2.1 Choose a Mortgage Company. Securing finances
requires a decision that you may have to live with for many years-so
spend time comparing the terms and conditions of different lenders,
before making your choice. There are a number of ways to find a
willing lender, whether through traditional print ads, Realtor
referrals or Internet sources. There are also several considerations
to keep in mind when shopping for the right lender and program:
Price: Consider the
competitiveness of a lender's terms with that of others,
especially for mortgage rates, interest rates, and additional
closing costs and points.
Diversity of products:
Price is important but by no means should it be your only
determining factor. How extensive is the lender's range of offered
loan programs? Check the availability of the loan program most
appropriate to your credit profile and property.
Rapport: Do your lenders
and brokers communicate effectively and thoroughly? Are they
attentive and prompt? You aren't looking for just a guide but a
partner -someone you can work with and trust every step of the
Connections: Check whether
the lender has access to local loan approval committees that
understand your goals as a borrower.
2.2 Choose a Loan. Though there are many different
kinds of loans available today, these three are the most commonly
Fixed loan: This long-term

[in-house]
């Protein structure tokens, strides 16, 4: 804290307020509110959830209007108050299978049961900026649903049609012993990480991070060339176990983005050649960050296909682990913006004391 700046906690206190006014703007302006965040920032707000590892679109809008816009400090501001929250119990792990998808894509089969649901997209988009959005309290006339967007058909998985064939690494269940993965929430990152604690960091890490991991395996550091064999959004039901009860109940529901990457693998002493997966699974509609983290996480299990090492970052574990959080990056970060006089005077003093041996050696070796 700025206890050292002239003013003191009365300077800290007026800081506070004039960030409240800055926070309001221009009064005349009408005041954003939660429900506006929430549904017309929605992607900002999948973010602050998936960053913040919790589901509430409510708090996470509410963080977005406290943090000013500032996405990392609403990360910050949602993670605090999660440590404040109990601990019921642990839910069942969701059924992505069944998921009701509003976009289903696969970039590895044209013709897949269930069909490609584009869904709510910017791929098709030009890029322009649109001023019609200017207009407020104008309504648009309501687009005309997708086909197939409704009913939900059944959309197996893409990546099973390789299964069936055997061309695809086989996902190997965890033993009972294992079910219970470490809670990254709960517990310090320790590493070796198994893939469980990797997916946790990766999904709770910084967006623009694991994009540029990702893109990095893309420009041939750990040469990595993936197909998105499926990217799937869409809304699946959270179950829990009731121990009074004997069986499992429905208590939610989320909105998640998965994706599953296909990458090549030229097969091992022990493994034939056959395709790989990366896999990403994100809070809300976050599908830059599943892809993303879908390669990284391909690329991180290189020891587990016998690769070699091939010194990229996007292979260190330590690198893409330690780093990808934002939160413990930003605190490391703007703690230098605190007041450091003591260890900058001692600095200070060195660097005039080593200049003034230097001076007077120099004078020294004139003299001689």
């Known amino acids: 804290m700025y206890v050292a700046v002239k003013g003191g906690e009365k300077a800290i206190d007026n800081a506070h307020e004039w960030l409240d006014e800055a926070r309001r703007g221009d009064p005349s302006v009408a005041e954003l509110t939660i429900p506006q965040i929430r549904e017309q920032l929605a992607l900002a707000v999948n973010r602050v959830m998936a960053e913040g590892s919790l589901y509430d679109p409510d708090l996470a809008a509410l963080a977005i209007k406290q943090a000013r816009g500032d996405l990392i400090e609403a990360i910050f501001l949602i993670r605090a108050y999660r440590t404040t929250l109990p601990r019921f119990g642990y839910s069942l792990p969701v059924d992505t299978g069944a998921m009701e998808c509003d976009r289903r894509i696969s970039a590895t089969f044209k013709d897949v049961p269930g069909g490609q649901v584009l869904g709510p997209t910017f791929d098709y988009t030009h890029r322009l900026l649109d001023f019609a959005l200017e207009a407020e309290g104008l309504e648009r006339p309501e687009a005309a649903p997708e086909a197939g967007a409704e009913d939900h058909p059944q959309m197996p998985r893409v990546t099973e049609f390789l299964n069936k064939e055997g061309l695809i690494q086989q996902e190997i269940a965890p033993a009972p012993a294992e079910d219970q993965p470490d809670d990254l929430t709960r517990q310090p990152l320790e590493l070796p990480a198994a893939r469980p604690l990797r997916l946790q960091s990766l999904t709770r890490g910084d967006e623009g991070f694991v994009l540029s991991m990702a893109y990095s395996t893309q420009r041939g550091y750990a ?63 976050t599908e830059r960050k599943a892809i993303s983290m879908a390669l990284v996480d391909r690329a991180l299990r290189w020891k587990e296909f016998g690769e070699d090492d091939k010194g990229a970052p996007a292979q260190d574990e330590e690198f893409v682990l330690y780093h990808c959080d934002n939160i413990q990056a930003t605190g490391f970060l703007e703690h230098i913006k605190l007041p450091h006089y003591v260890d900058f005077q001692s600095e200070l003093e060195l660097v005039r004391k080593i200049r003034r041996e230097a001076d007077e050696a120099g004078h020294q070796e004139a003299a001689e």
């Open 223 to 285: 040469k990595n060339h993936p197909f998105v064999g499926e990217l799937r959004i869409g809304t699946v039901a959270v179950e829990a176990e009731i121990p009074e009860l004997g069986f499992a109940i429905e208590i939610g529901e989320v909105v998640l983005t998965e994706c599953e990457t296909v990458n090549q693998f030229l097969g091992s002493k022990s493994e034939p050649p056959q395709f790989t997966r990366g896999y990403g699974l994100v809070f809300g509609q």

option requires monthly payments that will remain the same (fixed)
throughout the duration of the loan. The loan term may vary from
fifteen to thirty years.
Adjustable rate mortgage (ARM):
The loan rate here will be determined by factors such as the
Federal Funds rate index, readjustment intervals, and
capitalization rate. The initial interest rate can be as much as 2
to 3 percent lower than a comparable fixed rate mortgage. This can
make homeownership more affordable. However you should first
examine all factors and consider the downside risks before
selecting this option. This type of loan can also escalate
rapidly (as much as 2% annually) depending on changes in market
conditions. Be sure to know the lender's margin and the CAP
rate for the loans offered.
Hybrid loan: Also known as
an intermediate or convertible ARM, it offers a fixed interest
rate for a specified initial period before it 'switches' to an ARM
and adjusts with the market every six months or every year
Consult with your lender to determine which loan type and program
would best correspond with your resources and needs.